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Making A Case For Machine Learning Compilers With MLIR

Making A Case For Machine Learning Compilers With MLIR


Photo by Tim Martin

There is an urge, now, amongst the makers of smart devices to cater to the growing desires of their users to have devices which are heavy on specs while light on duty; accelerated hardware devices.

Now the devices have human-like interactions, with vision and speech applications. Recently released TensorFlow Lite accommodates this lighter way of functioning via Android Neural networks API. This opens up a whole new paradigm of possibilities for on-device intelligence.



TensorFlow’s machine learning platform has a comprehensive, flexible ecosystem of tools, libraries and community resources. This lets researchers push the state-of-the-art developments in ML and developers easily build and deploy ML-powered applications.

With TensorFlow Lite it looks to make smartphones, the next best choice to run machine learning models.

TensorFlow Lite is TensorFlow’s lightweight solution for mobile and embedded devices. It enables on-device machine learning inference with low latency and small binary size.

TensorFlow is now moving to MLIR for its core infrastructure.

TensorFlow Lite is another graph representation with a different interpreter. The TensorFlow Lite Translator is a mini compiler that does a number of compiler passes.

MLIR stands for one of “Multi-Level Intermediate Representation” or “Multi-dimensional Loop IR” or “Machine Learning IR” – the MLIR team prefers the first interpretation.

Moving it to MLIR makes it easier to test and develop, and the user experience is dramatically improved due to the location tracking in MLIR.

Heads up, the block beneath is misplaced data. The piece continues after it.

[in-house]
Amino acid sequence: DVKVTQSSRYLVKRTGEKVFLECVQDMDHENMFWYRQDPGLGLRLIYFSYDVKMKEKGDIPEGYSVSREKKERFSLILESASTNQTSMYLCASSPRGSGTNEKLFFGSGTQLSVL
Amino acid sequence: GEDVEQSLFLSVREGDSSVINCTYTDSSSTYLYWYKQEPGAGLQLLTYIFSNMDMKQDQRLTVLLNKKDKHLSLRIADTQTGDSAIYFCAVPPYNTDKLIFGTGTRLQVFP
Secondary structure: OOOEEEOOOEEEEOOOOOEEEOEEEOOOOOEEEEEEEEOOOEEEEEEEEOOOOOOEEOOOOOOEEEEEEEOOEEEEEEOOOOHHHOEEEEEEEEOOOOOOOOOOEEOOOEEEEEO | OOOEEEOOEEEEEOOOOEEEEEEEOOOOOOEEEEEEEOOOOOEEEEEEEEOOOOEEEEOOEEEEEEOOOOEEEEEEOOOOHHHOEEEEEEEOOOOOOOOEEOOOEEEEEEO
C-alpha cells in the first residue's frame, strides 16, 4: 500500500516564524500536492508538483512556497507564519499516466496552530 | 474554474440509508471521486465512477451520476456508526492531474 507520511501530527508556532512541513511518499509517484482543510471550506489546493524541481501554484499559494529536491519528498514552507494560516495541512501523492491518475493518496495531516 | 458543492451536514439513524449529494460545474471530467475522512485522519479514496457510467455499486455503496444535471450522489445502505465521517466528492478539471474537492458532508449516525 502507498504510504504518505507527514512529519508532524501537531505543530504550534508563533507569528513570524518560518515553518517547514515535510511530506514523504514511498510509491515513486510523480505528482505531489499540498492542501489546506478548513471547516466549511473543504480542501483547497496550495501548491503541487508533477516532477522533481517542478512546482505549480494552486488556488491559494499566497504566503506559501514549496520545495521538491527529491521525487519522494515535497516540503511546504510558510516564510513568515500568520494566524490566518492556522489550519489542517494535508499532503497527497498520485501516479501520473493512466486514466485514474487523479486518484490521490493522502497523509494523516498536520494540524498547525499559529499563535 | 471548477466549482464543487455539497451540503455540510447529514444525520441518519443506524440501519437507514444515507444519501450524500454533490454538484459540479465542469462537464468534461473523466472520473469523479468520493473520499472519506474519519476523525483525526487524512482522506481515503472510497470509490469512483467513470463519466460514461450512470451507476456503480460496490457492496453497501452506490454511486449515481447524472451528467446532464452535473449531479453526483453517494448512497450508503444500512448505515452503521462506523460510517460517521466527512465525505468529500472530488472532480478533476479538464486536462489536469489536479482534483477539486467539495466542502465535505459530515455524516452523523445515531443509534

Need For New Compiler

Abstraction is a common trait amongst the now widely used machine learning libraries or frameworks. Dusting off the nitty-gritty details under the rug and concentrating on implementing algorithms with more ease is what any data scientist would like to get their hands on. TensorFlow rose into prominence for the very same reason- abstraction.

A compiler is a piece of code which converts code written in high level(user friendly) to low-level(machine language).

Compilers are full of NP-complete problems. The natural way to handle these are to go with simple heuristics. By offloading this to an offline service, one can use expensive search algorithms like reinforcement learning  to get better results, without impacting interactive turnaround time.

MLIR is being developed by Chris Lattner(LLVM)  and it borrows significantly from LLVM IR, but with some tweaking at the  architectural level that LLVM compiler has accumulated over the years. Particularly with regard to its separate treatment of intrinsics vs. built-in operations.

See Also

MLIR is a compiler intermediate representation with similarities to traditional three-address SSA (Static Single Assignments) representations (like LLVM IRor SIL), but which introduces notions from the polyhedral loop optimization works as first class concepts.

Another benefit of MLIR is its generalisation which enables other languages to adopt it. MLIR is more open-ended in its architecture, able to support multiple levels and “dialects” via the same infrastructure.

Beyond its representational capabilities, its single continuous design provides a framework to lower from dataflow graphs to high performance target specific code.

The representation allows high-level optimization and parallelization for a wide range of parallel architectures including those with deep memory hierarchies — general-purpose multicores, GPUs, and specialized neural network accelerators.

Key Takeaways

  • MLIR’s main aim is to optimise computations with respect to dense matrices of high dimensionality which benefit deep learning tasks.
  • MLIR has the ability to represent all TensorFlow graphs, including dynamic shapes, the user-extensible op ecosystem, TensorFlow variables, etc.
  • Optimizations and transformations typically done on a TensorFlow graph, e.g. in Grappler.
  • Quantization and other graph transformations done on a TensorFlow graph or the TF Lite representation.
  • Representation of kernels for ML operations in a form suitable for optimization.
  • MLIR has the ability to host high-performance-computing-style loop optimizations across kernels and to transform memory layouts of data.
  • MLIR is designed to facilitate concurrency both in the semantic it captures and how it can be processed.

TensorFlow’s machine learning platform has a comprehensive, flexible ecosystem of tools, libraries and community resources that lets researchers push the state-of-the-art in ML and developers easily build and deploy ML powered applications.

Know more about MLIR here


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